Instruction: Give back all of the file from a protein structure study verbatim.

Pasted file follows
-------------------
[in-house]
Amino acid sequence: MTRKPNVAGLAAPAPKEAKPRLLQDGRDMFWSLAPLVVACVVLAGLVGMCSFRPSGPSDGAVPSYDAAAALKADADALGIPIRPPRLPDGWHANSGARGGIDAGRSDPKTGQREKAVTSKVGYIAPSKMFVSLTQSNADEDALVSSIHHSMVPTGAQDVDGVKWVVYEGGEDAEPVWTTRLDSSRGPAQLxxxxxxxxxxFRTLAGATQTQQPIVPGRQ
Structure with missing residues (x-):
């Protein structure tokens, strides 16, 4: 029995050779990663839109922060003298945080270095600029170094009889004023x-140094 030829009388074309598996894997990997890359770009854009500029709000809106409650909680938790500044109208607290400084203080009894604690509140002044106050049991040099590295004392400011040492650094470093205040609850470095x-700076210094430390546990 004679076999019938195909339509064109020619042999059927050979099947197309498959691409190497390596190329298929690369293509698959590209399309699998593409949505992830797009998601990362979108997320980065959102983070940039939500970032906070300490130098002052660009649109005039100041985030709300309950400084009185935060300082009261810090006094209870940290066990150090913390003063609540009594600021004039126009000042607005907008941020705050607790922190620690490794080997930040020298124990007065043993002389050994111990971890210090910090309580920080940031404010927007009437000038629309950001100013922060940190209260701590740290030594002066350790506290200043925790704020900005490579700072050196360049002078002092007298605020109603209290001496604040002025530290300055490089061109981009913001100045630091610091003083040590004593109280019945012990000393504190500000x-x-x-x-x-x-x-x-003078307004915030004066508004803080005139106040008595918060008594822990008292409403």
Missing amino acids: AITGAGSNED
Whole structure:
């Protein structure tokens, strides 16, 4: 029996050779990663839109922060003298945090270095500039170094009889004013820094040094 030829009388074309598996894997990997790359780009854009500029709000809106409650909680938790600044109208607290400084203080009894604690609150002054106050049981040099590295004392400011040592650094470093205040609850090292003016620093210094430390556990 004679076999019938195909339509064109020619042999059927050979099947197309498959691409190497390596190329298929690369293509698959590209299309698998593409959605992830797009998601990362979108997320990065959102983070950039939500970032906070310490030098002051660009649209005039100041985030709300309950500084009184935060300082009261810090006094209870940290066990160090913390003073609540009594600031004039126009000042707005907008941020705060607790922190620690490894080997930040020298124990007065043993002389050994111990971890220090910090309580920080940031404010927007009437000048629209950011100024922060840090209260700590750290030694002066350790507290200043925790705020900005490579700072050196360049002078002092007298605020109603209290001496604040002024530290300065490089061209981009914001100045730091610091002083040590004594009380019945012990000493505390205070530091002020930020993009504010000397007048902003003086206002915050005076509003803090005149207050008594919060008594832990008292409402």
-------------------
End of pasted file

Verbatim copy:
[in-house]
Amino acid sequence: MTRKPNVAGLAAPAPKEAKPRLLQDGRDMFWSLAPLVVACVVLAGLVGMCSFRPSGPSDGAVPSYDAAAALKADADALGIPIRPPRLPDGWHANSGARGGIDAGRSDPKTGQREKAVTSKVGYIAPSKMFVSLTQSNADEDALVSSIHHSMVPTGAQDVDGVKWVVYEGGEDAEPVWTTRLDSSRGPAQLxxxxxxxxxxFRTLAGATQTQQPIVPGRQ
Structure with missing residues (x-):
């Protein structure tokens, strides 16, 4: 029995050779990663839109922060003298945080270095600029170094009889004023x-140094 030829009388074309598996894997990997890359770009854009500029709000809106409650909680938790500044109208607290400084203080009894604690509140002044106050049991040099590295004392400011040492650094470093205040609850470095x-700076210094430390546990 004679076999019938195909339509064109020619042999059927050979099947197309498959691409190497390596190329298929690369293509698959590209399309699998593409949505992830797009998601990362979108997320980065959102983070940039939500970032906070300490130098002052660009649109005039100041985030709300309950400084009185935060300082009261810090006094209870940290066990150090913390003063609540009594600021004039126009000042607005907008941020705050607790922190620690490794080997930040020298124990007065043993002389050994111990971890210090910090309580920080940031404010927007009437000038629309950001100013922060940190209260701590740290030594002066350790506290200043925790704020900005490579700072050196360049002078002092007298605020109603209290001496604040002025530290300055490089061109981009913001100045630091610091003083040590004593109280019945012990000393504190500000x-x-x-x-x-x-x-x-003078307004915030004066508004803080005139106040008595918060008594822990008292409403």
Missing amino acids: AITGAGSNED
Whole structure:
């Protein structure tokens, strides 16, 4: 029996050779990663839109922060003298945090270095500039170094009889004013820094040094 030829009388074309598996894997990997790359780009854009500029709000809106409650909680938790600044109208607290400084203080009894604690609150002054106050049981040099590295004392400011040592650094470093205040609850090292003016620093210094430390556990 004679076999019938195909339509064109020619042999059927050979099947197309498959691409190497390596190329298929690369293509698959590209299309698998593409959605992830797009998601990362979108997320990065959102983070950039939500970032906070310490030098002051660009649209005039100041985030709300309950500084009184935060300082009261810090006094209870940290066990160090913390003073609540009594600031004039126009000042707005907008941020705060607790922190620690490894080997930040020298124990007065043993002389050994111990971890220090910090309580920080940031404010927007009437000048629209950011100024922060840090209260700590750290030694002066350790507290200043925790705020900005490579700072050196360049002078002092007298605020109603209290001496604040002024530290300065490089061209981009914001100045730091610091002083040590004594009380019945012990000493505390205070530091002020930020993009504010000397007048902003003086206002915050005076509003803090005149207050008594919060008594832990008292409402």